Your husband Bastien led the transformation of the farmhouse, and there was no shortage of challenges. With these challenges in mind, how did you balance the agricultural history and spirit of the home with your vision for how you’d like to live here as a family?

Miranda Brooks: Bastien tried many different schemes, and his hands were fairly tied by the planners. He built a wonderful vaulted kitchen, a new staircase and bathrooms. The house has a good meandering flow to its spaces.

Bastien feels Catswood helped him to figure out what his design language is and how he wants to say it. In turn, he has helped Catswood find its sense of self. It felt very utilitarian for a long time, and now it’s much softer and prettier. Even though it’s very simple, the details are beautiful.

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The kitchen lies within a newly created structure clad in shuttered concrete. It features high, lime-washed ceilings with antique Jacobean chandeliers and a sofa designed by Bastein, upholstered in the couple’s soon-to-be-launched fabric collection. A photograph by Francois Halard lies in the corner (who also photographed Miranda and Bastien’s home).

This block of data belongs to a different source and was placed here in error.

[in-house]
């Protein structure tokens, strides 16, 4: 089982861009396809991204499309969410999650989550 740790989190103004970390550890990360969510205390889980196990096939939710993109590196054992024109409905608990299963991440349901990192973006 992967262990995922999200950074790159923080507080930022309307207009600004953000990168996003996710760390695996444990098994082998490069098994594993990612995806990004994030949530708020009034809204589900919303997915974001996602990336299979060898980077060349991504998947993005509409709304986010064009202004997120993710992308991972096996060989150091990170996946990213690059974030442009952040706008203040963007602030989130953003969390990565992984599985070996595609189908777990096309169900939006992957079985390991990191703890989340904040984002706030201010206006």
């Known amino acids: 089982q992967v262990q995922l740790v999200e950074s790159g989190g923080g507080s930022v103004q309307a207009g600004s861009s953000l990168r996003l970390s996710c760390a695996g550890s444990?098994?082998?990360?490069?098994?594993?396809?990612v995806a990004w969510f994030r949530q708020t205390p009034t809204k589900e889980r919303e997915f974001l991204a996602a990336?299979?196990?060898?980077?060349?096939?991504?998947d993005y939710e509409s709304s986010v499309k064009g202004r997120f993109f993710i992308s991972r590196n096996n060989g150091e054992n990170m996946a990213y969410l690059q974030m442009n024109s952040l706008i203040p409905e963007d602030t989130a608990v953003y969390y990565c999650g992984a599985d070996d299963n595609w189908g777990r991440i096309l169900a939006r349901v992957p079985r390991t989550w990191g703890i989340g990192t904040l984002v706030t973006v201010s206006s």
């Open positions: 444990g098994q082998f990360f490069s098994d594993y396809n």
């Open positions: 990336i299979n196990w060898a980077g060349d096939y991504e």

You have described the interiors as having a “strong but soft character”, featuring many beautiful custom elements such as the freehand fresco in the library and pieces from the 17th century to the mid-20th century. What particular design details tell the story of your home best?

Miranda Brooks: The fresco was one of the first things we did. The children helped. It was inspired by an amazing chapel in Haddon Hall, in Derbyshire, with beautiful, slightly naive drawings of plants on the walls.

I love the doors Bastien designed. He said that the house had so little architectural merit, giving attention to the details, the things you touch, would bring out its character. All the doors have a lovely chalky paint and delicate, chiselled detail.

Bastien also designed all of the sofas. The one in the kitchen is huge – he’s the one that uses it most. Sometimes I walk into the kitchen, and he’s having a nap, and there are two dogs and two cats on top of him, all in a row, and they’re all asleep. It’s adorable.

Beyond reimagining the farmhouse, you’ve repurposed outbuildings, such as the shared studio for yourself and Bastien. What has it been like to work from this new space?

Miranda Brooks: We have yet to get very far with the outbuildings. Many will stay agricultural, like the barn and the duck house. A steam room and bathhouse to cheer up English winters are still to come!

But we have finished our studio and print room, where Bastien and I have collaborated on an outdoor fabric collection. I’ve had ideas for a long time about things – things I make for clients because I can’t find them. Being at Catswood, maybe because we’re lonely [laughs], there’s more time for ideas – more creative energy.

I’ve always felt that while New York is an extraordinary, energising city – it’s where you get things done. Ideas come from stiller places, and I live in a much stiller place.